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I'm asked to write an essay supporting the statement which says the convexity axiom has little economic content and should be eliminated from the economic models of consumer theory.

I'm supposed to find literature which supports my point with theoretical and empirical evidence but I've been searching for weeks and all I have found so far are papers which stress the importance of the convexity axiom. Perhaps you all can assist me in locating the material I'm looking for.

Regards

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    $\begingroup$ It would help if you would explicitly define the convexity axiom you are referring to. $\endgroup$ – BB King Oct 27 '15 at 11:07
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    $\begingroup$ It has nothing to do with the question, but I would be very curious to know what program tasks you with writing an essay about an axiom. $\endgroup$ – Giskard Oct 27 '15 at 11:57
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    $\begingroup$ I have found this (pretty dumb) treatise that may be of help to you: samselikoff.com/writings/… Please in return do share what force is compelling people to write these. Grad school assignment? MA in what? Finance? $\endgroup$ – Giskard Oct 27 '15 at 15:14
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    $\begingroup$ In case convexity of preferences is meant: Usually in consumer data we observe that individuals do not consume a little bit of everything but have a lot of zeroes in their consumption vector. This behavior does not fully exclude convex preferences but may be a step in the right direction. $\endgroup$ – HRSE Oct 28 '15 at 1:30
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    $\begingroup$ You certainly drew a short straw. Of all the standard assumptions about consumer preferences (completeness, transitivity, local non-satiation, continuity), convexity is probably the one I'm most persuaded is relatively innocuous to assume. $\endgroup$ – Theoretical Economist Dec 7 '16 at 0:21
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Consider a set of consumption bundles $X$, which is convex and let $\succeq$ denote 'at least as good as', then convex preferences may be defined mathematically as follows.

Convex preferences. For any $x,y,z\in X$ and $\lambda\in[0,1]$ we have that $$x\succeq z\text{ and }y\succeq z\Rightarrow \lambda x+(1-\lambda)y\succeq z.$$

Informally we may say that convex preferences captures the concept of averages being at least as good as extremes.

Critique 1. Below is an excerpt from the direct link where the author points out the fact that under certain circumstances, the assumption of convexity may not be adequately assumed as a property or preferences.

That is, [convex preferences says that] if an agent is indifferent between $x$ and $y$ and has convex preferences, then she will like $x/2+y/2$ at least as much as either $x$ or $y$. Of course, this doesn't always make sense. You might like a beer or wine, but not a mixture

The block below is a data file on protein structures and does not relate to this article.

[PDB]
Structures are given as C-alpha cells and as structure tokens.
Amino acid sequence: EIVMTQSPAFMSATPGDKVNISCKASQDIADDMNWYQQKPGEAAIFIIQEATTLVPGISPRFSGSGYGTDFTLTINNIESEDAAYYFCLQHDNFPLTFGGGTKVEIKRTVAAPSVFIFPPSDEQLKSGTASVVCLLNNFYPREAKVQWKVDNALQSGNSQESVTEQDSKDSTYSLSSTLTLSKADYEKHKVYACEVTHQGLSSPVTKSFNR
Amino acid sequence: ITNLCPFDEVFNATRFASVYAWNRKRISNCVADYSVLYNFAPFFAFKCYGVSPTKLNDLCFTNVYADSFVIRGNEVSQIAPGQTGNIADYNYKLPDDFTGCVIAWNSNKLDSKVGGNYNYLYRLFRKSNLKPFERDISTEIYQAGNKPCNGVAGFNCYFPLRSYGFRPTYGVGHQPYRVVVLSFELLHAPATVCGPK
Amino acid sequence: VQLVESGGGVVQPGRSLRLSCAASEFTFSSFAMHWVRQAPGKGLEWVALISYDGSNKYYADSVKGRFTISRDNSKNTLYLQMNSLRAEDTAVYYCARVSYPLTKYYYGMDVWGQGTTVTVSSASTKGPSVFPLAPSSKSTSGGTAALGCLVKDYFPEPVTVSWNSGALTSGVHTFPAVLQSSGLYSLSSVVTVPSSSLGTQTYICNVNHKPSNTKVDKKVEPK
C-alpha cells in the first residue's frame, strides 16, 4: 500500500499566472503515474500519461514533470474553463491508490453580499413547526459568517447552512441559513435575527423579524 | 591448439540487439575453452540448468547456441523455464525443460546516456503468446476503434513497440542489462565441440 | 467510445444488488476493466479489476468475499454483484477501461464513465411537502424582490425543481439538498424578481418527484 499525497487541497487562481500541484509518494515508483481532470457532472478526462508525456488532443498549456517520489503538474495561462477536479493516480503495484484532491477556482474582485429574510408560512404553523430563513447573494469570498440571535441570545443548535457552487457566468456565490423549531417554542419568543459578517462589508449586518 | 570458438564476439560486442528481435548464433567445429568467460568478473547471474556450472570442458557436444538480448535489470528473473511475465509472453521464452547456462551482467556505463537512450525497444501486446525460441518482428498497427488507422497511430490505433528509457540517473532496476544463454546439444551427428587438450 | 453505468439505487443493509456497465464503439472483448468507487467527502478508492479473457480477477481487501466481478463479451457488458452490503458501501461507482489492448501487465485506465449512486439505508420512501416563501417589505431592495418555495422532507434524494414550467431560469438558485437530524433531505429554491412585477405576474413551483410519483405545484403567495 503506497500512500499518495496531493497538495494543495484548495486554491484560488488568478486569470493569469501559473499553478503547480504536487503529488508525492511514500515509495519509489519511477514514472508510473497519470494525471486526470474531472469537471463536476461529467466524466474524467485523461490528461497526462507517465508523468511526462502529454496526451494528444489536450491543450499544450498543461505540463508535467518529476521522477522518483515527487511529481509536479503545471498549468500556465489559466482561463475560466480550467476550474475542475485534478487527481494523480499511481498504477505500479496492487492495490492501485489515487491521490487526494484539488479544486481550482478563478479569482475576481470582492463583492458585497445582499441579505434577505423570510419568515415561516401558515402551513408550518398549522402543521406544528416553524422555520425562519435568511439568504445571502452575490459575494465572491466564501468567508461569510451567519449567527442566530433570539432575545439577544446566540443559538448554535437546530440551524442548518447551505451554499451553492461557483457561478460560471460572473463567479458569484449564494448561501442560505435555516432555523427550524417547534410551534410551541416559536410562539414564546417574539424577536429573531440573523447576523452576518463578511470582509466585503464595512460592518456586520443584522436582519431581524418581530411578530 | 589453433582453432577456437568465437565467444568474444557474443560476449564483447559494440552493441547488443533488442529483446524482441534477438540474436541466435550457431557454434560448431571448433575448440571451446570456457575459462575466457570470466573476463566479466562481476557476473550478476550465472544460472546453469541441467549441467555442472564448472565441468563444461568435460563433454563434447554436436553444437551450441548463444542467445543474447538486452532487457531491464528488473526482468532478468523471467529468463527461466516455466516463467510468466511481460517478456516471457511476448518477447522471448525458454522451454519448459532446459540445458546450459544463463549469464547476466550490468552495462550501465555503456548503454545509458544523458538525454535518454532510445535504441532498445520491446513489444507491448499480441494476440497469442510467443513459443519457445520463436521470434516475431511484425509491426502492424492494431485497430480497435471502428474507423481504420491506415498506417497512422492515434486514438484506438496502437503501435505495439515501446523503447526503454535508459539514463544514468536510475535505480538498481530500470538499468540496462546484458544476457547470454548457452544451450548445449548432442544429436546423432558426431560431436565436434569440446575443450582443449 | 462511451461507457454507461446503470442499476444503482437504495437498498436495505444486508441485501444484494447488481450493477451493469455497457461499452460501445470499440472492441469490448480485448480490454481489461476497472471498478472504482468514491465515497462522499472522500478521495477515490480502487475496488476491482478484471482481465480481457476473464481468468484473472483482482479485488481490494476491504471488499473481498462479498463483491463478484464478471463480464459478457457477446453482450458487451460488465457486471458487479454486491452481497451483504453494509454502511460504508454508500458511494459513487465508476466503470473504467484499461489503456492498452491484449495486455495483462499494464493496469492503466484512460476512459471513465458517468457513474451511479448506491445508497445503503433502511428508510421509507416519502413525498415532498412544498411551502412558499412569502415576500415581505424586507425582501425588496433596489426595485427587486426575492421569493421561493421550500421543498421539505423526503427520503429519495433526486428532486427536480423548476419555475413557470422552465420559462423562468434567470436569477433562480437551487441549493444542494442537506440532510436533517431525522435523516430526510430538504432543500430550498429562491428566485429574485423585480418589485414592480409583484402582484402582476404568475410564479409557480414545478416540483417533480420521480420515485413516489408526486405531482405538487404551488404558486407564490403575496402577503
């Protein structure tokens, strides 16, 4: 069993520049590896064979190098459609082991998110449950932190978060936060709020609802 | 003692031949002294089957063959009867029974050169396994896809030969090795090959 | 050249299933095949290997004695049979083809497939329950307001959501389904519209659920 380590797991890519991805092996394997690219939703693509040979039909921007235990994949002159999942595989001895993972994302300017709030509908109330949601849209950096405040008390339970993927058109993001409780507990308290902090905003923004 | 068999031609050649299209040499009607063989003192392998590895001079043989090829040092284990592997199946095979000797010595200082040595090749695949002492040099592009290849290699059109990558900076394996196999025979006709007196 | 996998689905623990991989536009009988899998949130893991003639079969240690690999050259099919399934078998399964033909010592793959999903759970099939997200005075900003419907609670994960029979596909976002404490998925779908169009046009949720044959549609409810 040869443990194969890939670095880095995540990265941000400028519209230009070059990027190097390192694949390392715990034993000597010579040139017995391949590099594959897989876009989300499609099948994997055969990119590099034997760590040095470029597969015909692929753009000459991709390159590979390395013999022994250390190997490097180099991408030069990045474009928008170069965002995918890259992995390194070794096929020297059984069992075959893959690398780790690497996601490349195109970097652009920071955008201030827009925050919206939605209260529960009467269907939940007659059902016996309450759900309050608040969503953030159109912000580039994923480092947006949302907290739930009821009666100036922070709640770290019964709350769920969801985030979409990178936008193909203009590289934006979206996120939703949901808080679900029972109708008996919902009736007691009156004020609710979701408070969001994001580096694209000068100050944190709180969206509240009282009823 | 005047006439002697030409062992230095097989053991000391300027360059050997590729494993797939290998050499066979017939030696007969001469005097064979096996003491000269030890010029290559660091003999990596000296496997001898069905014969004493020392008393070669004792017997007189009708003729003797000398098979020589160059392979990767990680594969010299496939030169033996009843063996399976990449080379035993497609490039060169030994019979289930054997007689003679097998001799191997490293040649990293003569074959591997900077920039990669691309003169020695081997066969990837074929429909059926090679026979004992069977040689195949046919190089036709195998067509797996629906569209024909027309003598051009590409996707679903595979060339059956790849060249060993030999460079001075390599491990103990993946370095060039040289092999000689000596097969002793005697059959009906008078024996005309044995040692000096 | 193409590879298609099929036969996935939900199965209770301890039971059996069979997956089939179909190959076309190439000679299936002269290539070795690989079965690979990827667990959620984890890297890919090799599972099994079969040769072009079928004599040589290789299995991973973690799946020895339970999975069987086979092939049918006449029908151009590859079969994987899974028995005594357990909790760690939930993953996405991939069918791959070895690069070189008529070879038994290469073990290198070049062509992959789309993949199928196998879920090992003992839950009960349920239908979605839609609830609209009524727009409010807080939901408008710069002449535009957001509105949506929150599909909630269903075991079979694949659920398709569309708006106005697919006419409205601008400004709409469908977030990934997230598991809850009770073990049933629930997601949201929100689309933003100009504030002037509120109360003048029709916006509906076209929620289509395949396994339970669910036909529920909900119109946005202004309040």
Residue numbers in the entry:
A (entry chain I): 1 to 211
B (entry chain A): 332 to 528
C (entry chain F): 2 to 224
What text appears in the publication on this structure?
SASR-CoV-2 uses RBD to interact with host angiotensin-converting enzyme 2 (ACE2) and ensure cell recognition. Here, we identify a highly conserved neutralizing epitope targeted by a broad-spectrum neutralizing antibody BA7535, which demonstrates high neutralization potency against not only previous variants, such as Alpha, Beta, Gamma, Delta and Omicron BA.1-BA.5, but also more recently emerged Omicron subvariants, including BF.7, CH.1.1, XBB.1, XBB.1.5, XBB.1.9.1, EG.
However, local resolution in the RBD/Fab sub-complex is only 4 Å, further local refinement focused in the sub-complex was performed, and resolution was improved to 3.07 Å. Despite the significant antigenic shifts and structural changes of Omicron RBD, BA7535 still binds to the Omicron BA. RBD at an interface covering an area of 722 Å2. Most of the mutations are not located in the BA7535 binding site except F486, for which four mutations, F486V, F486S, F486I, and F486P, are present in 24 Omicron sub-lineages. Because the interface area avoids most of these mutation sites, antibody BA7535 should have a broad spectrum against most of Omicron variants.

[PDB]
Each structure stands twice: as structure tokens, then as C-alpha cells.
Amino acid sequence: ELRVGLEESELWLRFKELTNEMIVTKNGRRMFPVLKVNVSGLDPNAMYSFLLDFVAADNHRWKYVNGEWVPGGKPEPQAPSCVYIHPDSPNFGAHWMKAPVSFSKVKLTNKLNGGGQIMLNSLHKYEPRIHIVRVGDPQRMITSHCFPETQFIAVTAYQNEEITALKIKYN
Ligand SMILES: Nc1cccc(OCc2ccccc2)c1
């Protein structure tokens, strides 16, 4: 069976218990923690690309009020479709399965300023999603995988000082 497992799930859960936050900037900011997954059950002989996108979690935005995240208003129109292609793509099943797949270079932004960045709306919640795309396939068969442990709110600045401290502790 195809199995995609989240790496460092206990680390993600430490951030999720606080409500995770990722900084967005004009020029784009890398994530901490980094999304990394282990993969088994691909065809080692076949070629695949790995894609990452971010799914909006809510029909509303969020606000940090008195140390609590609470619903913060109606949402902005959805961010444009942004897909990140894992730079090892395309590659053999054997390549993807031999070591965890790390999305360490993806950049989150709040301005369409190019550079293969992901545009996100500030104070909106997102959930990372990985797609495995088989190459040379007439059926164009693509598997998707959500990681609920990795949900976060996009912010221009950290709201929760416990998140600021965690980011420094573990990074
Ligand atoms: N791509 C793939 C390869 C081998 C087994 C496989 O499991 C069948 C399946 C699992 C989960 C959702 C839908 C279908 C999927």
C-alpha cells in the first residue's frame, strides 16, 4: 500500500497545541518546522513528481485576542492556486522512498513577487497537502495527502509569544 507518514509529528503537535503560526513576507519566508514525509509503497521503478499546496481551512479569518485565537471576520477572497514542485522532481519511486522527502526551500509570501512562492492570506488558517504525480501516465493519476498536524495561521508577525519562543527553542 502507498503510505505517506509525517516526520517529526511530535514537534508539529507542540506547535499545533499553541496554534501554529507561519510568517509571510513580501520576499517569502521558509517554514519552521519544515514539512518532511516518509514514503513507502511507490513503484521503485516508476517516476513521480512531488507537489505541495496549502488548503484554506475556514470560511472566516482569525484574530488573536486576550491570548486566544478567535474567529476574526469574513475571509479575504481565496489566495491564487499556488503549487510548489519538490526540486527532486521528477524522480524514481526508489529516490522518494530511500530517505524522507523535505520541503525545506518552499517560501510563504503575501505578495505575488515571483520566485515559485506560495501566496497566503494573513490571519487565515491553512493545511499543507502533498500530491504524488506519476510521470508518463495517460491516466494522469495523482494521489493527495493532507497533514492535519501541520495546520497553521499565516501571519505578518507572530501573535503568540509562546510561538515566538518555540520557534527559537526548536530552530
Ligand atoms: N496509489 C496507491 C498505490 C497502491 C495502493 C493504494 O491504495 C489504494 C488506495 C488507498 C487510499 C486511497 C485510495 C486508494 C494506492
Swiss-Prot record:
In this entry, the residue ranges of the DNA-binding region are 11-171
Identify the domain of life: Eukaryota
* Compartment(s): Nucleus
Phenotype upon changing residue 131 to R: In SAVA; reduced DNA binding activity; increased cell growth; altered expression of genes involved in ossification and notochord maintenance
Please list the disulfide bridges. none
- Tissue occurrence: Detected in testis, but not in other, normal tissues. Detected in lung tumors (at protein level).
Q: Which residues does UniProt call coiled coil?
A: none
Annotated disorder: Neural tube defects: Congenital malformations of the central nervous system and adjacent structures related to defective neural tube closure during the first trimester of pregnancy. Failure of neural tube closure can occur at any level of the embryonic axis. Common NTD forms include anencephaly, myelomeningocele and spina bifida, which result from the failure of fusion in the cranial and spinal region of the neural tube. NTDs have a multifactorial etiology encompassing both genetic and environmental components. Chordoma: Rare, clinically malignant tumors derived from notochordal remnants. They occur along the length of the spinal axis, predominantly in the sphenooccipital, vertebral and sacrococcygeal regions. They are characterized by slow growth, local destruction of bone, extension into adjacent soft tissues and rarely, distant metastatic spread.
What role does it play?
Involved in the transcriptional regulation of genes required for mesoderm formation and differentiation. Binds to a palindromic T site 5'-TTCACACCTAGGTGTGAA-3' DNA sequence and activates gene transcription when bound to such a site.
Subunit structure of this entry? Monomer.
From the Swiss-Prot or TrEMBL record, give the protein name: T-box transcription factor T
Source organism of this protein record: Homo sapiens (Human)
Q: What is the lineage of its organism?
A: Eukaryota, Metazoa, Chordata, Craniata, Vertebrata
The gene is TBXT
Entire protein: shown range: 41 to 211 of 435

However, it depends on the interpretation.

Whether convexity makes sense often depends on the interpretation of the goods space. For example, if the components of $x$ are rates of consumption, then a half-half mixture of beer and wine might mean drinking beer half the time and wine half the time. Convexity of preferences seems more plausible in that interpretation than in the previous one. Similarly, some find convexity easier to rationalize if the "goods" are more highly aggregated – for instance, if the goods are "food" and "clothing," than if goods are highly specific.

Critique 2. The link directs you to McCloskey's critique of economics. She criticizes how economists focus too much on assumptions and mathematical proofs and too little on empirical facts. In this sense, if microeconomics or mathematical economics is to be about general properties of consumer behaviour, then the assumption of convex preferences is not always suitable from a methodological perspective, as non-convexity may hold in a given economy. Also, following McCloskey, one may say that the assumption of convex preferences, while it may guarantee that certain mathematical propositions are true (i.e., one may deduce them from the assumption of convex preferences and simpler axioms), does not by itself say something about economic behavior. It surely implies certain economic behavior $\mathcal B$, but we cannot from the observation of such economic behavior $\mathcal B$ draw the conclusion that economical agents' preferences are such that they are convex over economical entities like goods.

Critique 3. Instead of assuming convex preferences, one may study the wants and sentiments of individuals, as Adam Smith does in his Theory of Moral Sentiments and later in his Wealth of Nations, or study cognitive biases, like Daniel Kahneman does in his best-selling Thinking, Fast and Slow. These two authors does not, to my knowledge, directly criticize the concept of convex preferences, but they show how economic analysis performed in another way may lead to other conclusions about the economy. If their conclusions do not agree with conclusions derived from axioms like that of convex preferences, then there is implicit criticism in the sense that there is a mismatch in theoretical conclusions.

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